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Re: Our lady dancing liturgically
« Reply #2 on: January 09, 2018, 01:32:57 PM »
Hi forum

I recently attended an Diocesan Latin mass. During the sermon the priest mentioned Our Lady of Guadalupe since her feast day was close. He talked a little bit about the history of the apparition and the indigenous people in Mexico at the time. He then starting talking about the image itself and mentioned that Our Lady's knee is bent in the image which represents liturgical dancing. He went on to say the indigenous people danced as part of their religious rituals and our lady was showing them something that they could relate to. He also mentioned the liturgical dancing of the old testament to justify this practice.

This all sounds a little iffy to me. But I could be wrong. Has anyone here heard about liturgical dancing in connection to Our lady of Guadalupe?   Thanks!

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Offline Lynne

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Re: Our lady dancing liturgically
« Reply #3 on: January 09, 2018, 02:50:06 PM »
By the way, it's not a painting but a supernatural image imposed on an article of clothing.  :)
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Offline red solo cup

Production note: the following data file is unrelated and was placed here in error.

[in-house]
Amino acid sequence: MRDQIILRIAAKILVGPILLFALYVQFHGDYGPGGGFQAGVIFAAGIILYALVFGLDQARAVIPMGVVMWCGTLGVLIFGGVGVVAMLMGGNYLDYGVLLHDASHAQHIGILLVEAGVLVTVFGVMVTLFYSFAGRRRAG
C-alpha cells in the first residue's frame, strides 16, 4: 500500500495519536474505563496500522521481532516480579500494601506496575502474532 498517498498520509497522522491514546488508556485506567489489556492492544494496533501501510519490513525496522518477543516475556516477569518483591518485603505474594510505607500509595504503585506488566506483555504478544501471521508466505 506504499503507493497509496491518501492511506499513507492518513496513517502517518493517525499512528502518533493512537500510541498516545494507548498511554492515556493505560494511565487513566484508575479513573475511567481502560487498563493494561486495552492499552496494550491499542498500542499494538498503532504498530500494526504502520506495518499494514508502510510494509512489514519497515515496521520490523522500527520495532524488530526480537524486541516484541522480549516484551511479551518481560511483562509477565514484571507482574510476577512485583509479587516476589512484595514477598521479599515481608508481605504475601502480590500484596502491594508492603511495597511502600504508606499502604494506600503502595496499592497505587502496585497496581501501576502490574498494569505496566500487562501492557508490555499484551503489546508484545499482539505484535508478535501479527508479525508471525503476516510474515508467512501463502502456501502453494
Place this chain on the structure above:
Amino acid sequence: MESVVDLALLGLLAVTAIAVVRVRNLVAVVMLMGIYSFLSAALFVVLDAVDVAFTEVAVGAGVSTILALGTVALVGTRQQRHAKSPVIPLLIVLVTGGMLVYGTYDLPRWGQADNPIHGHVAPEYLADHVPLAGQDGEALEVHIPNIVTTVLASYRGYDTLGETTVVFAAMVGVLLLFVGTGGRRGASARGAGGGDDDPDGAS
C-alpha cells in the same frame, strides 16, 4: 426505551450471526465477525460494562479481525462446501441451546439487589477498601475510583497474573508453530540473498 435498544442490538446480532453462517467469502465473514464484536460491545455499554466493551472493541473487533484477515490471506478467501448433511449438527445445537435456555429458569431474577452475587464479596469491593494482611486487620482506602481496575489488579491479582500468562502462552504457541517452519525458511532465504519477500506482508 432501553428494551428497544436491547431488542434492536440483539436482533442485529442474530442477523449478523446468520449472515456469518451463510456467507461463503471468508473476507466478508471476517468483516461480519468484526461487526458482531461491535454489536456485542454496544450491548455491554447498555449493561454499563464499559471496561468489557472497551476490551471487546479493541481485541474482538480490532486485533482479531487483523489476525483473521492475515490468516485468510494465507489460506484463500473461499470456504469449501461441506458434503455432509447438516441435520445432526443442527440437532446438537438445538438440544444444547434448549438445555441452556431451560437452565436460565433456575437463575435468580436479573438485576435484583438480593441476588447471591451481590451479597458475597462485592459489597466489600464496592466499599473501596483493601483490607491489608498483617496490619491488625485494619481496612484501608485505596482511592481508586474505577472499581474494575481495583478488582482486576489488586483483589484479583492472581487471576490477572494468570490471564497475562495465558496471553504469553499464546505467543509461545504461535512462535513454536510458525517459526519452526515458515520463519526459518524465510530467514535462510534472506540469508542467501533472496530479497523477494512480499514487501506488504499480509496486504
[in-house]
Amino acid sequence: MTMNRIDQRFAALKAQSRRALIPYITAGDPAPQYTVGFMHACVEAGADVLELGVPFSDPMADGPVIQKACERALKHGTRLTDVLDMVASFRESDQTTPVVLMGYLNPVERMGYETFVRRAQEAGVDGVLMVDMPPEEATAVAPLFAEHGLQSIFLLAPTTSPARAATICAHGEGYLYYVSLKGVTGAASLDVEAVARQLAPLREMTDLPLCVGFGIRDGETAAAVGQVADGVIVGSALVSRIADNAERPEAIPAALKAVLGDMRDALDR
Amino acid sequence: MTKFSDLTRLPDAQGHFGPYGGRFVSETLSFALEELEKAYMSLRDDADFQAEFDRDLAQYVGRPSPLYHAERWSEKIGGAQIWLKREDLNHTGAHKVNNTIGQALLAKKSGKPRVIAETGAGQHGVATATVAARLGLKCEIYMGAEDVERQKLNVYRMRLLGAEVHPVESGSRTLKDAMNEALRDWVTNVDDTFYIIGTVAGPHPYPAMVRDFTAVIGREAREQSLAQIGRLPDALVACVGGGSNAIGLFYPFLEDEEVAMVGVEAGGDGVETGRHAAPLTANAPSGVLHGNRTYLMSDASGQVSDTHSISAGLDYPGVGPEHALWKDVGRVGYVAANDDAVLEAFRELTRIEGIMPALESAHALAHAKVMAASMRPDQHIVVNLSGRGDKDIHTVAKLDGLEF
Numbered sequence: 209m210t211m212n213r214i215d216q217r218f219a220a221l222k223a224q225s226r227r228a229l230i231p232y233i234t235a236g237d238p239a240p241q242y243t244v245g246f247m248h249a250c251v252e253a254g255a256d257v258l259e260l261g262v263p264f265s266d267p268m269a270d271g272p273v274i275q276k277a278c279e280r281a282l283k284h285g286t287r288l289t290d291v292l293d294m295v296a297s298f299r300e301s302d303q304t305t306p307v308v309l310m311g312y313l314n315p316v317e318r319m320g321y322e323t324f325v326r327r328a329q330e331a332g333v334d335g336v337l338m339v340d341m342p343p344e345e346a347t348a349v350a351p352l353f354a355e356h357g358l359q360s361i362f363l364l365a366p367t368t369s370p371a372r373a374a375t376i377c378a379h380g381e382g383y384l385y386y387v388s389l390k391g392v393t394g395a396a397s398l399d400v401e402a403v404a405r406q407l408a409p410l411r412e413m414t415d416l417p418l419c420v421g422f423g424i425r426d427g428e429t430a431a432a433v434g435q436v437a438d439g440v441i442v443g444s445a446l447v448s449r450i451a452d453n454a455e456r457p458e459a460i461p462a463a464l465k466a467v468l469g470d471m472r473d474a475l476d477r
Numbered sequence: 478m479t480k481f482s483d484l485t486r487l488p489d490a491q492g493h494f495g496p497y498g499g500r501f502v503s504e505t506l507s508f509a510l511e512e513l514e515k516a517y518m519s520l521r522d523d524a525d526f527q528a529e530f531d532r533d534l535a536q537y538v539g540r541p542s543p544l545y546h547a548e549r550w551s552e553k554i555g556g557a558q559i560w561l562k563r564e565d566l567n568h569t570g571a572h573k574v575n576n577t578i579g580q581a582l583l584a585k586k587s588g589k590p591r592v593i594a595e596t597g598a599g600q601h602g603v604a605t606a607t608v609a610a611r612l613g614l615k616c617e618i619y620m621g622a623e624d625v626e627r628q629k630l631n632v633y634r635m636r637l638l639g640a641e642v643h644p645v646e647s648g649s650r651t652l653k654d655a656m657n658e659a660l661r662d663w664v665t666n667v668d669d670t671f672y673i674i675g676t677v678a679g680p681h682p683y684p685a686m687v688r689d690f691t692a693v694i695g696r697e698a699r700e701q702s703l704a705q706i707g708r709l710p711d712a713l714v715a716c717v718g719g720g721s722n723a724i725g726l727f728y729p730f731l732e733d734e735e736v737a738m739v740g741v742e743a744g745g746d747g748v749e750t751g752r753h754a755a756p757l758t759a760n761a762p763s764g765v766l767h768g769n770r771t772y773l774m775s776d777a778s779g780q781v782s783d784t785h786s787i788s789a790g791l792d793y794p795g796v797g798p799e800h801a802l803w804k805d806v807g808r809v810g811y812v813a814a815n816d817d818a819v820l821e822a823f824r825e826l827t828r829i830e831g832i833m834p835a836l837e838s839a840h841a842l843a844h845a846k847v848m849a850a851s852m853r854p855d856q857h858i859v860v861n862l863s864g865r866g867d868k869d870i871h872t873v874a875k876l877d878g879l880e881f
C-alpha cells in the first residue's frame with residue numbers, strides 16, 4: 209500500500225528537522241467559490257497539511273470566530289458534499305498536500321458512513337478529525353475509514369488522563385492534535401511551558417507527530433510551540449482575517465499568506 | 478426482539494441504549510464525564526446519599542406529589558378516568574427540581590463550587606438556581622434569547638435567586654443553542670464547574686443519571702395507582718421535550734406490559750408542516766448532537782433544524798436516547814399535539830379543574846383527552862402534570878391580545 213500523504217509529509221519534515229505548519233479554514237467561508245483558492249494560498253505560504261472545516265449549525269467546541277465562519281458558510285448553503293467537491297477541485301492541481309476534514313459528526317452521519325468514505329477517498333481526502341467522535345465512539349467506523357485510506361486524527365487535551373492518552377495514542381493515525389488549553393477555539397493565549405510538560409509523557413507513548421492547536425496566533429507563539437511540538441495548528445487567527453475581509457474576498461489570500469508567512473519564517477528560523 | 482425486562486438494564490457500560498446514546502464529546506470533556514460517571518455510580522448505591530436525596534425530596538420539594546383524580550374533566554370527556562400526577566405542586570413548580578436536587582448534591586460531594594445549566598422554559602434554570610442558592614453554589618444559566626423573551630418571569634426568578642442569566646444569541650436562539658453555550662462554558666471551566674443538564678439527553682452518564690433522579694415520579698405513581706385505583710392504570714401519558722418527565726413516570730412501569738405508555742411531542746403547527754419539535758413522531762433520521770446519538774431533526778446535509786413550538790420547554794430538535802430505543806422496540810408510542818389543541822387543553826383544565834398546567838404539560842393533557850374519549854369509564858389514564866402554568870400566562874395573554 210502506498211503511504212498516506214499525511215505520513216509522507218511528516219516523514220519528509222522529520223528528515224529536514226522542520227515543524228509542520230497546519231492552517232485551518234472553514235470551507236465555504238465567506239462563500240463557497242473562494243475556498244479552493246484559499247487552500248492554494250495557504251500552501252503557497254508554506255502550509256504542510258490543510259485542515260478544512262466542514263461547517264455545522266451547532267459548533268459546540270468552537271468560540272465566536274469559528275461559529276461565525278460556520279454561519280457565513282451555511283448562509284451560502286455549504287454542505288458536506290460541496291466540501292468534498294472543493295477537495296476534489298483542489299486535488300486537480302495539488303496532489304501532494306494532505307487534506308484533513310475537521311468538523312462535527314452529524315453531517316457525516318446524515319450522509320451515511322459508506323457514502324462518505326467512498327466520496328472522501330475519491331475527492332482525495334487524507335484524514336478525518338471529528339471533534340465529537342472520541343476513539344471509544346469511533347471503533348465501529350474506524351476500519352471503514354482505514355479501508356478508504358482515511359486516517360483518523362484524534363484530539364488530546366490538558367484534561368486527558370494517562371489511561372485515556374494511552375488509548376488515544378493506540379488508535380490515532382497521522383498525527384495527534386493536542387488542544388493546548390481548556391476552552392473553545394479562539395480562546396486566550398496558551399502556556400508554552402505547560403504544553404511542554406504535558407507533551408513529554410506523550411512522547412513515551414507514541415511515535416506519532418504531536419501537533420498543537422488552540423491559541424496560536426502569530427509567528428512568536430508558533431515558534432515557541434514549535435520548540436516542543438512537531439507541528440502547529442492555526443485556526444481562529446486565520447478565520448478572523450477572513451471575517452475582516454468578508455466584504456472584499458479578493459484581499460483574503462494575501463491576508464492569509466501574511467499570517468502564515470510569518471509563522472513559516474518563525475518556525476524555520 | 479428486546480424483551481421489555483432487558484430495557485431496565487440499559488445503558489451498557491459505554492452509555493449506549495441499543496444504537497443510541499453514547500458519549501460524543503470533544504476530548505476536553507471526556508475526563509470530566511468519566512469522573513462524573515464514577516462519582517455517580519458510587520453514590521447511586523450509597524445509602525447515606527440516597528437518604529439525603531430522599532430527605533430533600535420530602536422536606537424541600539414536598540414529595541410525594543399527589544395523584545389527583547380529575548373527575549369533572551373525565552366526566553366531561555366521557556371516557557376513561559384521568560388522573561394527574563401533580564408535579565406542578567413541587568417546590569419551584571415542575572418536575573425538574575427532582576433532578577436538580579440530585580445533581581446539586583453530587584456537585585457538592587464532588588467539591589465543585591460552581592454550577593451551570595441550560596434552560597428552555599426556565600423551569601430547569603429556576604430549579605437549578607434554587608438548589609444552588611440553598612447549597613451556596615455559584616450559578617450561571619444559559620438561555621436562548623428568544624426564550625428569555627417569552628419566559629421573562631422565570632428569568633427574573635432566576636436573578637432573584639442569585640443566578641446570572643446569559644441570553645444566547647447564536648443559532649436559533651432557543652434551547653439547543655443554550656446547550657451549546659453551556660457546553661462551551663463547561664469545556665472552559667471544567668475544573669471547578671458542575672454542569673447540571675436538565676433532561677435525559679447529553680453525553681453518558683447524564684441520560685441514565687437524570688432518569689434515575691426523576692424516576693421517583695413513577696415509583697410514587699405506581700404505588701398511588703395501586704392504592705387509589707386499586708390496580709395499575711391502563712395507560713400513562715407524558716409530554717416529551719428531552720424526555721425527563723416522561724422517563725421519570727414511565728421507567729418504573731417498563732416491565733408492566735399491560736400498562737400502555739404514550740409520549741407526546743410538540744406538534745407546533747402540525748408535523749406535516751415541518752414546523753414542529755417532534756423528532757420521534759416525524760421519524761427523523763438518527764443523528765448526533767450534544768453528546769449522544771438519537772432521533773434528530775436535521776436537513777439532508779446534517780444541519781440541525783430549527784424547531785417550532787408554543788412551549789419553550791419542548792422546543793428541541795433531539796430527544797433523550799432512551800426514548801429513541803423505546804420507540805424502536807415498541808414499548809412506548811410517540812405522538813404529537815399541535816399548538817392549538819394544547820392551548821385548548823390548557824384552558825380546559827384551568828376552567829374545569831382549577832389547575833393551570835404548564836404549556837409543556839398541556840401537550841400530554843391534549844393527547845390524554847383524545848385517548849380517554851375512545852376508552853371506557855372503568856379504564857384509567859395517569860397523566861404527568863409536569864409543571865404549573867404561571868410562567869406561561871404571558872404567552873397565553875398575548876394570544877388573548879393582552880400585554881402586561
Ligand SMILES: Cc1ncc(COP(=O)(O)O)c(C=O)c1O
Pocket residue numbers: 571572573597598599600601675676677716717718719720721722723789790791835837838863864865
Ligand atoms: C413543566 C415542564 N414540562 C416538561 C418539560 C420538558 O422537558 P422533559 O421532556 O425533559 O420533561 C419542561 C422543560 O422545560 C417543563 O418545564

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Re: Our lady dancing liturgically
« Reply #4 on: January 09, 2018, 03:27:56 PM »
"It's so lonely 'round the fields of Athenry"
 

Offline jhfromsf68

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Re: Our lady dancing liturgically
« Reply #5 on: January 09, 2018, 03:34:37 PM »
Thanks for your responses.

I thought maybe Our Lady's bent knee in the Our Lady of Guadalupe image representing religious dancing was common knowledge among Catholics. I can see by the responses so far that's not true.
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Offline Kaesekopf

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Re: Our lady dancing liturgically
« Reply #6 on: January 09, 2018, 04:15:51 PM »
Hi forum

I recently attended an Diocesan Latin mass. During the sermon the priest mentioned Our Lady of Guadalupe since her feast day was close. He talked a little bit about the history of the apparition and the indigenous people in Mexico at the time. He then starting talking about the image itself and mentioned that Our Lady's knee is bent in the image which represents liturgical dancing. He went on to say the indigenous people danced as part of their religious rituals and our lady was showing them something that they could relate to. He also mentioned the liturgical dancing of the old testament to justify this practice.

This all sounds a little iffy to me. But I could be wrong. Has anyone here heard about liturgical dancing in connection to Our lady of Guadalupe?   Thanks!